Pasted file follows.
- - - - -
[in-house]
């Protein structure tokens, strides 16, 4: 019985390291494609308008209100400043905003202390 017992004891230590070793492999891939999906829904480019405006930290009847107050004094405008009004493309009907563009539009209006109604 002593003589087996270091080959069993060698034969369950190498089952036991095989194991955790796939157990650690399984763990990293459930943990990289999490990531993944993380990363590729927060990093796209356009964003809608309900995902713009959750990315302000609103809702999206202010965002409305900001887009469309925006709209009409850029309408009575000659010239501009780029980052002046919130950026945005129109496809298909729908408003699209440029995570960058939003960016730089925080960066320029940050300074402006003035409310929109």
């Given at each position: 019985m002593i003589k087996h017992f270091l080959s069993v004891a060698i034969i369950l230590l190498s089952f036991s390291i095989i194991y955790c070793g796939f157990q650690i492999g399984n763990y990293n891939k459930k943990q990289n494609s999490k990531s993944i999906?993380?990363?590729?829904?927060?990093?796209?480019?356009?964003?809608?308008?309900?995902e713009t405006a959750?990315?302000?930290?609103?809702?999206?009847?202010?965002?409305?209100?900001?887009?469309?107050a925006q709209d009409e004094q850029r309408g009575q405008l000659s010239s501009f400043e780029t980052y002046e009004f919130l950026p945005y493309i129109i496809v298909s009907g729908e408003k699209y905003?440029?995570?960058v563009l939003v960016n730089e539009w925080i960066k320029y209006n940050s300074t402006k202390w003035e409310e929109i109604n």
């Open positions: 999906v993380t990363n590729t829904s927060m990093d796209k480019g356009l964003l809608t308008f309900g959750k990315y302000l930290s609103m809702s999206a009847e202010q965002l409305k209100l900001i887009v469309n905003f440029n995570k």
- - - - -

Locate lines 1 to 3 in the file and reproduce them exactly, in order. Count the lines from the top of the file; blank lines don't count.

[in-house]
């Protein structure tokens, strides 16, 4: 019985390291494609308008209100400043905003202390 017992004891230590070793492999891939999906829904480019405006930290009847107050004094405008009004493309009907563009539009209006109604 002593003589087996270091080959069993060698034969369950190498089952036991095989194991955790796939157990650690399984763990990293459930943990990289999490990531993944993380990363590729927060990093796209356009964003809608309900995902713009959750990315302000609103809702999206202010965002409305900001887009469309925006709209009409850029309408009575000659010239501009780029980052002046919130950026945005129109496809298909729908408003699209440029995570960058939003960016730089925080960066320029940050300074402006003035409310929109």
């Given at each position: 019985m002593i003589k087996h017992f270091l080959s069993v004891a060698i034969i369950l230590l190498s089952f036991s390291i095989i194991y955790c070793g796939f157990q650690i492999g399984n763990y990293n891939k459930k943990q990289n494609s999490k990531s993944i999906?993380?990363?590729?829904?927060?990093?796209?480019?356009?964003?809608?308008?309900?995902e713009t405006a959750?990315?302000?930290?609103?809702?999206?009847?202010?965002?409305?209100?900001?887009?469309?107050a925006q709209d009409e004094q850029r309408g009575q405008l000659s010239s501009f400043e780029t980052y002046e009004f919130l950026p945005y493309i129109i496809v298909s009907g729908e408003k699209y905003?440029?995570?960058v563009l939003v960016n730089e539009w925080i960066k320029y209006n940050s300074t402006k202390w003035e409310e929109i109604n």